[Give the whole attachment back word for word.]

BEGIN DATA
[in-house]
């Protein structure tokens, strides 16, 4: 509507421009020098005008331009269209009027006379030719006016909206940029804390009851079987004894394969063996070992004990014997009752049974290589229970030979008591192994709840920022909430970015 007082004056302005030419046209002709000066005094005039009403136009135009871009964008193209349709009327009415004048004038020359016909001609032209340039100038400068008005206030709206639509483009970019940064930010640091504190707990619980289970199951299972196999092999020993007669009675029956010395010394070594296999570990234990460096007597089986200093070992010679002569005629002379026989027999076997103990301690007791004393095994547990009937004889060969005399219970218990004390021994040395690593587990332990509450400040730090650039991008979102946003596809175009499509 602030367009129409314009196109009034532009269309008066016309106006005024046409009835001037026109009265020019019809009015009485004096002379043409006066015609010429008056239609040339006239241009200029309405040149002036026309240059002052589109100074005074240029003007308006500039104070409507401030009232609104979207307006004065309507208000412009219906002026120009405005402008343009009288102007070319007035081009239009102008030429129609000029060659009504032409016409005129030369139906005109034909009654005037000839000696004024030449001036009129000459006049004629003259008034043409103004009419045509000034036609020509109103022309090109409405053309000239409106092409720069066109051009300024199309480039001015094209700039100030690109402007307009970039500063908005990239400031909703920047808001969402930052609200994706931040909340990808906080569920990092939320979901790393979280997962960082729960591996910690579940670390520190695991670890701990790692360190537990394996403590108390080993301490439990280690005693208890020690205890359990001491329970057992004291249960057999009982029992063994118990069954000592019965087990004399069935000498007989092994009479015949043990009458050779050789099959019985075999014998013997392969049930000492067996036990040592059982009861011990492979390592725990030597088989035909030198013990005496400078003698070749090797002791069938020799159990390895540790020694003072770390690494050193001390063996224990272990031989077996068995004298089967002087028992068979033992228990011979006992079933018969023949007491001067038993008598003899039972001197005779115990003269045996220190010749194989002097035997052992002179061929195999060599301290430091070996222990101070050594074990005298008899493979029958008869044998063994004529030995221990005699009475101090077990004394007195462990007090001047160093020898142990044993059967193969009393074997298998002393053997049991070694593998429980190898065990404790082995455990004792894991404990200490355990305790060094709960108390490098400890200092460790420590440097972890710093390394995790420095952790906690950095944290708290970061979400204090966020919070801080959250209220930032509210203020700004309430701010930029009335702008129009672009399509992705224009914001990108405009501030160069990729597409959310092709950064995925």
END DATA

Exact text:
[in-house]
């Protein structure tokens, strides 16, 4: 509507421009020098005008331009269209009027006379030719006016909206940029804390009851079987004894394969063996070992004990014997009752049974290589229970030979008591192994709840920022909430970015 007082004056302005030419046209002709000066005094005039009403136009135009871009964008193209349709009327009415004048004038020359016909001609032209340039100038400068008005206030709206639509483009970019940064930010640091504190707990619980289970199951299972196999092999020993007669009675029956010395010394070594296999570990234990460096007597089986200093070992010679002569005629002379026989027999076997103990301690007791004393095994547990009937004889060969005399219970218990004390021994040395690593587990332990509450400040730090650039991008979102946003596809175009499509 602030367009129409314009196109009034532009269309008066016309106006005024046409009835001037026109009265020019019809009015009485004096002379043409006066015609010429008056239609040339006239241009200029309405040149002036026309240059002052589109100074005074240029003007308006500039104070409507401030009232609104979207307006004065309507208000412009219906002026120009405005402008343009009288102007070319007035081009239009102008030429129609000029060659009504032409016409005129030369139906005109034909009654005037000839000696004024030449001036009129000459006049004629003259008034043409103004009419045509000034036609020509109103022309090109409405053309000239409106092409720069066109051009300024199309480039001015094209700039100030690109402007307009970039500063908005990239400031909703920047808001969402930052609200994706931040909340990808906080569920990092939320979901790393979280997962960082729960591996910690579940670390520190695991670890701990790692360190537990394996403590108390080993301490439990280690005693208890020690205890359990001491329970057992004291249960057999009982029992063994118990069954000592019965087990004399069935000498007989092994009479015949043990009458050779050789099959019985075999014998013997392969049930000492067996036990040592059982009861011990492979390592725990030597088989035909030198013990005496400078003698070749090797002791069938020799159990390895540790020694003072770390690494050193001390063996224990272990031989077996068995004298089967002087028992068979033992228990011979006992079933018969023949007491001067038993008598003899039972001197005779115990003269045996220190010749194989002097035997052992002179061929195999060599301290430091070996222990101070050594074990005298008899493979029958008869044998063994004529030995221990005699009475101090077990004394007195462990007090001047160093020898142990044993059967193969009393074997298998002393053997049991070694593998429980190898065990404790082995455990004792894991404990200490355990305790060094709960108390490098400890200092460790420590440097972890710093390394995790420095952790906690950095944290708290970061979400204090966020919070801080959250209220930032509210203020700004309430701010930029009335702008129009672009399509992705224009914001990108405009501030160069990729597409959310092709950064995925």